This is our current listing of payments to US healthcare professionals for speaking and advising. This is our current listing of payments to US healthcare professionals for research.
We conduct advisory boards with healthcare professionals because they bring knowledge and perspective from their experience that they share (with GSK and with other healthcare professionals) to help improve patient care. We have policies in place that specify the allowable circumstances under which we can hold advisory board meetings.
The commercial team must define clearly the topic, questions and agenda for the ad board, the experts to be invited, the advice to be sought and the place the meeting will be held. Our Legal department then reviews this information. An action plan must be developed as follow-up to the meeting.
Some of the specific requirements we impose on our engagement with advisory boards are:
- limiting the number of people who can be invited and the GSK personnel who can attend
- requiring a written agreement between GSK and advisory board members
- implementing standardized fees based on fair market value
- ensuring all advisory boards meet legitimate business needs for the services
- limiting the number of advisors to no more than necessary to obtain the advice
- and requiring documentation demonstrating use of the advice or, if not, why not.
Continuing Medical Education
In 2010 we sharpened the focus of our support for continuing medical education programs for healthcare professionals in an effort to ensure that we are funding some of the highest quality educational initiatives with the greatest potential to improve patient health. We have adopted strict guidelines to ensure both the quality and the independence of the educational programs we support.
In keeping with our new approach we are funding independent medical education for healthcare professionals in therapeutic areas selected because of the medical, social and economic burden they pose to society and the healthcare system. For a listing of our areas of focus in 2012 see: 2012 Disease Areas of Interest.
Our new model has been evolving for several years and reflects our commitment to supporting independent educational programs that are most likely to improve patient health. That means we have significantly reduced the number of grants we fund, from hundreds in 2009 to fewer than 13 in 2010 and one in 2011. To see a listings of grants funded in 2010 and 2011, click here 2010 CME Grants and here 2011 CME Grants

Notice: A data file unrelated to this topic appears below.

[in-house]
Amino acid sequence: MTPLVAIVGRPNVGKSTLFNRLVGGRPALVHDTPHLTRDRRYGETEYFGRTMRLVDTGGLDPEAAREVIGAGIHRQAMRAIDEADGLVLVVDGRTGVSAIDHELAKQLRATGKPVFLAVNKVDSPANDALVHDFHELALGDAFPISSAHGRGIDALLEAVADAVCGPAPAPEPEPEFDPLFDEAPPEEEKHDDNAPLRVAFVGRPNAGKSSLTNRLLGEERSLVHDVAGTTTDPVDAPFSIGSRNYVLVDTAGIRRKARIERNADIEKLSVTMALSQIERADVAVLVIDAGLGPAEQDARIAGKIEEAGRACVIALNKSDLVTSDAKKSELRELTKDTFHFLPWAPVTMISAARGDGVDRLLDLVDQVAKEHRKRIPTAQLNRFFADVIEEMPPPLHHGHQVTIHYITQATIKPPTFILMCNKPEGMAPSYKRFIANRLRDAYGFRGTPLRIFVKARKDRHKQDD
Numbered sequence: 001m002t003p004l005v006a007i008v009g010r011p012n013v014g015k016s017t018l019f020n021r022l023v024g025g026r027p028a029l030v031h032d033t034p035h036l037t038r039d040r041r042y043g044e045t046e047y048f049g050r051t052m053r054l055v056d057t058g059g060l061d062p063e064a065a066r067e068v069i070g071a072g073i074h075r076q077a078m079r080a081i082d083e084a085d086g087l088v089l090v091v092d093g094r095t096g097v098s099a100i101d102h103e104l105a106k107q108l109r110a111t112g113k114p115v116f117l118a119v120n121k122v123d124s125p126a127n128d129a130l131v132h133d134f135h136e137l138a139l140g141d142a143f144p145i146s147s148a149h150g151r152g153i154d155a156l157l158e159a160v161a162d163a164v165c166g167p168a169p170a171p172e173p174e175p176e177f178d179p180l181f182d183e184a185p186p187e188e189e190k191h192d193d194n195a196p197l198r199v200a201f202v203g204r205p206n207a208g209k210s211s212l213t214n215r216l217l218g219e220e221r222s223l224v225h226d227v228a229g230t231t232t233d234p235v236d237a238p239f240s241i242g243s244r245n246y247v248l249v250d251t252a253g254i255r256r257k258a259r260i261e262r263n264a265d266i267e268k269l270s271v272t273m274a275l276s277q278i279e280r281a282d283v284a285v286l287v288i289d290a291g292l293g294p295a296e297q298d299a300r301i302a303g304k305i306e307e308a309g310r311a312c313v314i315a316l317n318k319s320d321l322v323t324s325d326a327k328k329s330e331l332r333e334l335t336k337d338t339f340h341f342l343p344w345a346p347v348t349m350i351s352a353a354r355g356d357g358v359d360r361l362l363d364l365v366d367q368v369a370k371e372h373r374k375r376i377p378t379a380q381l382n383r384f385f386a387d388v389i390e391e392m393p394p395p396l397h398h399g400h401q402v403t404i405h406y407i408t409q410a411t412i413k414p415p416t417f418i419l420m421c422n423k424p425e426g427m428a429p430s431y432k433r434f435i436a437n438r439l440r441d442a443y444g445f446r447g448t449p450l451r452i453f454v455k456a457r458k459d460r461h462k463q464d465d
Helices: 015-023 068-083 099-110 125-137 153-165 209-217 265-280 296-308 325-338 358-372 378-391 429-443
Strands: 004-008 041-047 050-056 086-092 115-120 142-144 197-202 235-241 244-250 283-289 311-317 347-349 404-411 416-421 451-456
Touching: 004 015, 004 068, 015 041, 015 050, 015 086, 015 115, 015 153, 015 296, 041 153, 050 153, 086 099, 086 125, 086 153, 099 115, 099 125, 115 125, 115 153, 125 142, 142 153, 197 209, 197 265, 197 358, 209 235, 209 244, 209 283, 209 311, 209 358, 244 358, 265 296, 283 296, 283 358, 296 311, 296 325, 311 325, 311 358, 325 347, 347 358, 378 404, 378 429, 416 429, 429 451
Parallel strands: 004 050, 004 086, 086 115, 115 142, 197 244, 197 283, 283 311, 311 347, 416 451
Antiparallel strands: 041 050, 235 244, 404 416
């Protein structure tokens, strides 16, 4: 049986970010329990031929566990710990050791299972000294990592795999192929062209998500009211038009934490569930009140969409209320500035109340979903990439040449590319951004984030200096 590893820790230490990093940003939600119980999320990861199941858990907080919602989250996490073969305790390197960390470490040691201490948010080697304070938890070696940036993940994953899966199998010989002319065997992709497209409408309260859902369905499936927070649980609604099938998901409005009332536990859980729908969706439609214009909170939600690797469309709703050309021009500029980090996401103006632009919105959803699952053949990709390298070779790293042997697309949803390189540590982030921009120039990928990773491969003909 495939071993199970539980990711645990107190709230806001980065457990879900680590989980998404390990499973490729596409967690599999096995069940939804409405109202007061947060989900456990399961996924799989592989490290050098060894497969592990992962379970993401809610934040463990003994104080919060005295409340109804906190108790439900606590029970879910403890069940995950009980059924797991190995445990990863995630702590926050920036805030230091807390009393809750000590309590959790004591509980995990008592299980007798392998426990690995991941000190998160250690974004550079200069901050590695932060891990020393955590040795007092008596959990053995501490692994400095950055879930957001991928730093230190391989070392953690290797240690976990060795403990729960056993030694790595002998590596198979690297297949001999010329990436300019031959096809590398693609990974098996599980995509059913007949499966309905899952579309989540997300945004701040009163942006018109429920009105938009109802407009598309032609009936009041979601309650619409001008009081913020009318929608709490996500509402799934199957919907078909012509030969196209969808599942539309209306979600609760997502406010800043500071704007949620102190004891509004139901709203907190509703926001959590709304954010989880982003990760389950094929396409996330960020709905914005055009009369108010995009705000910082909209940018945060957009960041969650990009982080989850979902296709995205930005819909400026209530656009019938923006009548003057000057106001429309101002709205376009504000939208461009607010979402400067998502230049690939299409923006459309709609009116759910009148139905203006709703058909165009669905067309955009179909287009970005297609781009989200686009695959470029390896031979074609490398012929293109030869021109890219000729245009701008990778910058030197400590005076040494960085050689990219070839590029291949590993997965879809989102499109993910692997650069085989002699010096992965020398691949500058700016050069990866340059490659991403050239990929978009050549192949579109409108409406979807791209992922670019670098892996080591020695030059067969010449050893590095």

We have also defined criteria for Independent Medical Education Providers who are eligible to apply for our Continuing Medical Education grants. Our criteria are that these organizations must:
- be accredited by a national accrediting body (ACCME, ACPE, ANCC, or equivalent) or centralized CME office (assumed due to accreditation requirements)
- demonstrate capabilities to design and deliver initiatives that close healthcare professional performance gaps and improve patient health
- not be a Medical Education and Communication Company (MECCs).
Complete information about our Continuing Medical Education support can be found at Partners in Knowledge.com.
Grants to Nonprofits and Advocacy Groups
We support U.S.-based, non-profit organizations that have a general interest in progressing the prevention, treatment and management of disease. The types of non-profit organizations we support include:
- Healthcare Professional Associations (HPA)
- Trade Associations (non HCP) which are regional
- Legislative, Policy, Government Relations and Advocacy Organizations
- Patient Advocacy Organizations
We support patient advocacy organizations that provide patients, their families and friends with support and information on how to live with disease and represent patient views and campaign for change on issues that affect patients’ and care givers’ lives. We want to understand patient needs, support their voice and foster a constructive healthcare debate for all stakeholders.
The kinds of activities that we support include disease education for patient advocacy organizations, corporate memberships and meetings. Our funding must align with GSK’s policies, the PhRMA Code and comply with Federal healthcare, FDA and other laws applicable to GSK and the organization.
We believe that being transparent about our funding is important to building and maintaining trust. We require that any non-profit organization seeking GSK funds consider how to disclose GSK’s support.
Our funding for Healthcare professional associations, trade associations, legislative, policy, government relations and advocacy organizations and patient advocacy organizations can be found here: Grants and Charitable Contributions.
We do not use funding as a means to promote GSK products and services.
Global Manufacturing and Supply
GSK’s global manufacturing and supply operations leads the rapid commercialization of GSK’s products through a global network of 76 manufacturing sites in 32 countries. Our global network uses a variety of processes and the latest technology to deliver 1,400 brands and four billion packs of medicines and healthcare products a year to patients and customers.
Quality is at the heart of all activities that support the discovery, supply and marketing of products to our patients and customers. Our Quality Management System (QMS) is a framework to ensure regulatory compliance; assure product safety, quality and efficacy and support continuous improvement.
The QMS is intended to provide the control system for delivery of acceptable, consistent and therefore predictable product quality, network compliance and operational improvement. The requirements in the QMS represent the minimum standard that all sites, companies and functions involved in the manufacture and supply of product must attain.